A potent stimulant of revascularization in the ischemic tissue is low oxygen tension (hypoxia). Hypoxia induces revascularization via the HIF1α–Vegfa pathway.41 Interestingly, members of the ERR subfamily participate in HIF-induced transcription in cultured cells via protein–protein interaction.42 Therefore, we sought to determine whether ERRγ mediates the typical angiogenic response of the skeletal muscle to hypoxia, particularly focusing on Vegfa activation. Our cell culture data indicate that hypoxic induction of Vegfa gene expression and protein secretion were comparable in both the wild-type C2C12 cells and the ones expressing ERRGDN. Alternative inactivation of ERRγ using siRNA knockdown also yielded similar results. Therefore, ERRγ may not be involved in hypoxia-driven angiokine induction. It should be noted that the lack of effect of ERRγ inactivation on hypoxic response might be linked to compensation by other ERR isoforms, ERRα and ERRβ. In this context, blockage of total ERR activity might still affect the hypoxic response. Nevertheless, our hypothesis regarding ERRγ is mechanistically strengthened by the observation that ERRγ activates Vegfa promoter by occupying a conserved binding site independent of hypoxia. Additionally, in vivo support is obtained from our gene expression data in which the expression of several angiogenic factors are generally upregulated in the ERRγ overexpressing skeletal muscle independent of ischemia, as would be expected by oxidative transformation of the muscle. Consequently, the therapeutic effect of ERRγ in ischemic muscle might be linked to the programming of muscle cells to a fiber type primed to express and secrete more angiogenic factors rather than to its direct involvement in hypoxic pathway. We perceive that the hypoxia-independent reparative angiogenesis by ERRγ has potential implication for muscle ischemia, particularly in diabetic or older patients in whom activation of the Hif1α–Vegfa pathway is impaired.43,44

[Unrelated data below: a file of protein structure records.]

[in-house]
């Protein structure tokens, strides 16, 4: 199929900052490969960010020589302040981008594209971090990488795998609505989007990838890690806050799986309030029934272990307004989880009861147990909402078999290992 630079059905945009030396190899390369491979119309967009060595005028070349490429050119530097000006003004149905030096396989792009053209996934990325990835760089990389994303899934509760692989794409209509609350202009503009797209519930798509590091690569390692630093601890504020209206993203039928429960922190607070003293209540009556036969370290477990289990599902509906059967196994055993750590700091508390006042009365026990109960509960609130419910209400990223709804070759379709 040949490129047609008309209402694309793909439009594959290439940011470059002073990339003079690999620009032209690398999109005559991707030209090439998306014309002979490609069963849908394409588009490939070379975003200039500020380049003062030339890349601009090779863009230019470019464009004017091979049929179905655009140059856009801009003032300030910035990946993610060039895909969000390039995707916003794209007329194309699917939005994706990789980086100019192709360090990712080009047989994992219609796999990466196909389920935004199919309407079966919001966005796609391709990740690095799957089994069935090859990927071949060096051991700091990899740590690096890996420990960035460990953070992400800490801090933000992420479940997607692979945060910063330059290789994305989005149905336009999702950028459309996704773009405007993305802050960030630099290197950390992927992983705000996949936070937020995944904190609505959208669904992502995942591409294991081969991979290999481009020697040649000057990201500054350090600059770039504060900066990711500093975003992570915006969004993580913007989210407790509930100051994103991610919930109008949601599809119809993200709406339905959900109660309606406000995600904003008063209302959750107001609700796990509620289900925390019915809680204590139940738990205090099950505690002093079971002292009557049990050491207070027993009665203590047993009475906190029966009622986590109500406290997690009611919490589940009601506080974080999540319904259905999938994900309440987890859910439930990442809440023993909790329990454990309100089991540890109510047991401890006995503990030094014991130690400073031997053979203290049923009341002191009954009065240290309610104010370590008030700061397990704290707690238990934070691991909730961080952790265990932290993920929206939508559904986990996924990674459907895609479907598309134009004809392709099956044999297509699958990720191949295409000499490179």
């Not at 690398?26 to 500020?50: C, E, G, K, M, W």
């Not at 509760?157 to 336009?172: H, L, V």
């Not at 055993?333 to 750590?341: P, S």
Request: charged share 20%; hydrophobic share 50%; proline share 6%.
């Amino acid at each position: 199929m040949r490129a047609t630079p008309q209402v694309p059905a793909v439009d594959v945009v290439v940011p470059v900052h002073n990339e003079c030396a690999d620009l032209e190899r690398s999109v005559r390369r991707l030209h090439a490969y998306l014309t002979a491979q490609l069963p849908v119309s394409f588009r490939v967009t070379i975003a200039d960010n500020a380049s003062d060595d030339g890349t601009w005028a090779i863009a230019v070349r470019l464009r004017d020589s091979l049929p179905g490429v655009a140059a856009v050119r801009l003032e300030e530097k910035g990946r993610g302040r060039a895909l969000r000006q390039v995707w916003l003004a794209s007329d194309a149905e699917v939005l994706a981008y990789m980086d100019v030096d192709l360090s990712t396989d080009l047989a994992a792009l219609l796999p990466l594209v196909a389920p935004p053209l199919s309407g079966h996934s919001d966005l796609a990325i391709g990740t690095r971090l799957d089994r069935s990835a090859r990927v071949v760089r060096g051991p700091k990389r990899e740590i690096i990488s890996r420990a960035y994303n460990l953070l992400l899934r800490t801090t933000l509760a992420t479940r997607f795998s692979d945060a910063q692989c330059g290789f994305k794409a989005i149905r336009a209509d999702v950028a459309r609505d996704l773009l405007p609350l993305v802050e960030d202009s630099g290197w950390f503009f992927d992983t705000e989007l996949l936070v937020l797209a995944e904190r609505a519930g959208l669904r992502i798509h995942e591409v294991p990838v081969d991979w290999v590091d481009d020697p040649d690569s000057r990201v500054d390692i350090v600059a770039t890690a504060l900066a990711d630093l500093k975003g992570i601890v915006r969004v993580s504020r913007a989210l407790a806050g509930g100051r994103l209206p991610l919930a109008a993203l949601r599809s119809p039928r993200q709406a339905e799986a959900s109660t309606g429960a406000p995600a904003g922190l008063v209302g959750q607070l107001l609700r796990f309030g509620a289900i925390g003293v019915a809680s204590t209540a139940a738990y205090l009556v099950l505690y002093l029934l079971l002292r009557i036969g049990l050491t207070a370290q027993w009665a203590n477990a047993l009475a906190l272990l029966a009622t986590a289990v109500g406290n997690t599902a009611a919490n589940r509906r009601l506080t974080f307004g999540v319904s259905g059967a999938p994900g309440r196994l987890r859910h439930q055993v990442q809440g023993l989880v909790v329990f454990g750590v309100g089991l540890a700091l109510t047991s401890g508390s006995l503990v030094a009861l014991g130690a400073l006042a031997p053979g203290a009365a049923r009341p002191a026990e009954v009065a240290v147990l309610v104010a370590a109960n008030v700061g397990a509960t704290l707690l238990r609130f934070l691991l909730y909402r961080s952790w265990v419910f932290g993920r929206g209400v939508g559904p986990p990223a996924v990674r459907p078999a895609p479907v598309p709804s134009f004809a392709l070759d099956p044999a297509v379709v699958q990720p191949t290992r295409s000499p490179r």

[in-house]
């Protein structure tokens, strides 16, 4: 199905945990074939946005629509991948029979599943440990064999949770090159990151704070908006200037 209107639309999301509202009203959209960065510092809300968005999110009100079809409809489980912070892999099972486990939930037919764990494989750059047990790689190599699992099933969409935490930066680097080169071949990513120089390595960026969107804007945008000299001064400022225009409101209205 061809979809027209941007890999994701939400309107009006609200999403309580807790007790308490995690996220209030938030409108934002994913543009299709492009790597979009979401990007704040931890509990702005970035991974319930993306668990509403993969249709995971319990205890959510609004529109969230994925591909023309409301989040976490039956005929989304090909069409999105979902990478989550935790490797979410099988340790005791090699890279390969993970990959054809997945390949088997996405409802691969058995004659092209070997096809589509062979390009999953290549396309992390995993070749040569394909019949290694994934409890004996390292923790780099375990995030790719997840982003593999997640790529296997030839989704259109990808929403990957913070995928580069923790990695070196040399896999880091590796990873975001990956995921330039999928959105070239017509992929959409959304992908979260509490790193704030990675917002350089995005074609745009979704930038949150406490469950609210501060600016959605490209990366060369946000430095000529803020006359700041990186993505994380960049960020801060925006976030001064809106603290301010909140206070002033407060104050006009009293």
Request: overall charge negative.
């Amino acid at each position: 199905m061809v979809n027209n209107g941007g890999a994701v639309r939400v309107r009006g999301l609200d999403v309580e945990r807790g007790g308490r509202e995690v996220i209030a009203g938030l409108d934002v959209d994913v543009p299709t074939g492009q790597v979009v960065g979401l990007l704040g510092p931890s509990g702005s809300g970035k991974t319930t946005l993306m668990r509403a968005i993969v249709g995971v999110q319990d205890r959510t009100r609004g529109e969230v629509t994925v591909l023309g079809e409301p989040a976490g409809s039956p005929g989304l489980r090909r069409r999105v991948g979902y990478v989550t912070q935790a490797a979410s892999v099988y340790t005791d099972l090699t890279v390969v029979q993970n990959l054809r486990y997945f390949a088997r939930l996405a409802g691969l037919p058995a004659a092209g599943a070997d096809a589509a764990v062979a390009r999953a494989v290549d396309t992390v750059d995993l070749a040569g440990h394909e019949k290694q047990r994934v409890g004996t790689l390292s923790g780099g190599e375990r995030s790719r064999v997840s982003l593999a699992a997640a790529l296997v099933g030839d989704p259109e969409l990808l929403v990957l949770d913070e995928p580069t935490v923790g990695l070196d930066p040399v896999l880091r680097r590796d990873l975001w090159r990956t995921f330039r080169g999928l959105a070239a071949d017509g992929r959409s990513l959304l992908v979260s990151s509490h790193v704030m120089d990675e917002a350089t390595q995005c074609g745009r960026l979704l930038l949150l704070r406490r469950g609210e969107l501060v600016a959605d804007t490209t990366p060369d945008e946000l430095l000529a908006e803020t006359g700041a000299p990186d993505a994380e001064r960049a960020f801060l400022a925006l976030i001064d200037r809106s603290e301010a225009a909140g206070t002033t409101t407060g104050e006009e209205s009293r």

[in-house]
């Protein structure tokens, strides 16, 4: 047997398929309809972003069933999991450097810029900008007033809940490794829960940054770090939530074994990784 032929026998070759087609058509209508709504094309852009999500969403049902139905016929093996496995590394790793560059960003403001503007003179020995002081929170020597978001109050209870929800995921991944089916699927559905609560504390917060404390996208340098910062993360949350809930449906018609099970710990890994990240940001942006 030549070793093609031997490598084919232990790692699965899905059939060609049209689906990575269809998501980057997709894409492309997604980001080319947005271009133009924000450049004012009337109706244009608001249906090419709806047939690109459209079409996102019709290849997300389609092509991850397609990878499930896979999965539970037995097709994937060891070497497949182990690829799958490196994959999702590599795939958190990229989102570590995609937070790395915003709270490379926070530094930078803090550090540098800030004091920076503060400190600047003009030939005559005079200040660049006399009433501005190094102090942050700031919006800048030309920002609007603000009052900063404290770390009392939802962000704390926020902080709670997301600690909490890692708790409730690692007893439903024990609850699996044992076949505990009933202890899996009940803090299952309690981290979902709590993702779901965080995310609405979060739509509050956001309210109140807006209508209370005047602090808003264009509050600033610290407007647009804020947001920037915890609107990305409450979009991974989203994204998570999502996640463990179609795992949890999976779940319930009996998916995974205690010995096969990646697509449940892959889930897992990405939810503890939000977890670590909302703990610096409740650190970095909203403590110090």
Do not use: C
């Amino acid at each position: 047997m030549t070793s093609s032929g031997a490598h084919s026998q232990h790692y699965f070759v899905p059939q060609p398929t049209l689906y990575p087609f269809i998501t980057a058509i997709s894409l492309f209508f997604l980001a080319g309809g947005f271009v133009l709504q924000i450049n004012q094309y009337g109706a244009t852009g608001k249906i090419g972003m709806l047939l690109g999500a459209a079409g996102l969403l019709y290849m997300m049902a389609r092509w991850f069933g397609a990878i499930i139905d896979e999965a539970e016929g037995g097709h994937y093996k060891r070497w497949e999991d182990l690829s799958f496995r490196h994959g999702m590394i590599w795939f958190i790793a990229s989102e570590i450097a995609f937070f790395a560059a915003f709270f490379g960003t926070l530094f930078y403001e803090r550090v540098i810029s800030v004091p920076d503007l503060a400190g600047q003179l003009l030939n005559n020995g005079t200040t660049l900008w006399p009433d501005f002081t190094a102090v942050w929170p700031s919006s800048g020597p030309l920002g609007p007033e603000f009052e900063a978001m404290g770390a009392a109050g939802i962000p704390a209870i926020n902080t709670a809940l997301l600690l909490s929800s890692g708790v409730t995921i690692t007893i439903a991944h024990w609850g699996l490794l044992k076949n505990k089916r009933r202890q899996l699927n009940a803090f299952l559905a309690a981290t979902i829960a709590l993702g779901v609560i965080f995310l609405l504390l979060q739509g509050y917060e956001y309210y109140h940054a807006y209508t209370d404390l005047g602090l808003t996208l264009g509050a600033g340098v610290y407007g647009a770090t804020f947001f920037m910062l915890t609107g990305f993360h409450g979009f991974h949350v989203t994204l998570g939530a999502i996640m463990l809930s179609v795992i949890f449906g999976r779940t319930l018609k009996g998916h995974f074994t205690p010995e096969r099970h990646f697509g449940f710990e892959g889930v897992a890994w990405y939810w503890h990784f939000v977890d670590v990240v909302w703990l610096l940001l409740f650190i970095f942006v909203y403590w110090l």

Skeletal muscle ischemia is prevalent in cardiovascular and metabolic disorders,45 but pharmaceutical treatment for ischemia is underdeveloped because of incomplete understanding of vasculogenic molecular pathways in the skeletal muscle, especially those that are drug-targetable. In our study, we demonstrate that nuclear receptor ERRγ is one such “master switch” that enhances the intrinsic ability of the skeletal muscles to revascularize in response to ischemia by remodeling the myofibers to one that expresses high levels of secretable angiogenic factors. Nuclear hormone receptors such as ERRγ are specialized transcriptional factors in a sense that each one of these receptors contains a unique ligand binding pocket, which can bind selective hormones or synthetic drugs that can, in turn, regulate the receptor transcriptional activity.46 Consequently, nuclear receptors have proved to be excellent pharmaceutical targets. Whereas the endogenous hormone that activates ERRγ is yet unknown and the ligand chemistry is still in its infancy, recent reports have emerged showing that the transcriptional activity of this receptor can be pharmacologically regulated by certain synthetic drugs.47–49 Therefore, in light of our findings that ERRγ can promote neoangiogenesis and revascularization, it is potentially an excellent target for treating skeletal muscle ischemia with small molecules targeting the receptor. It is noteworthy that ERRγ is also highly expressed in heart, brain, and kidney,19,50,51 which are highly vascularized organs that are often prone to ischemia leading to myopathy, stroke, and renal failure, respectively. ERRγ may also prove to be an excellent antiischemic target in these organs.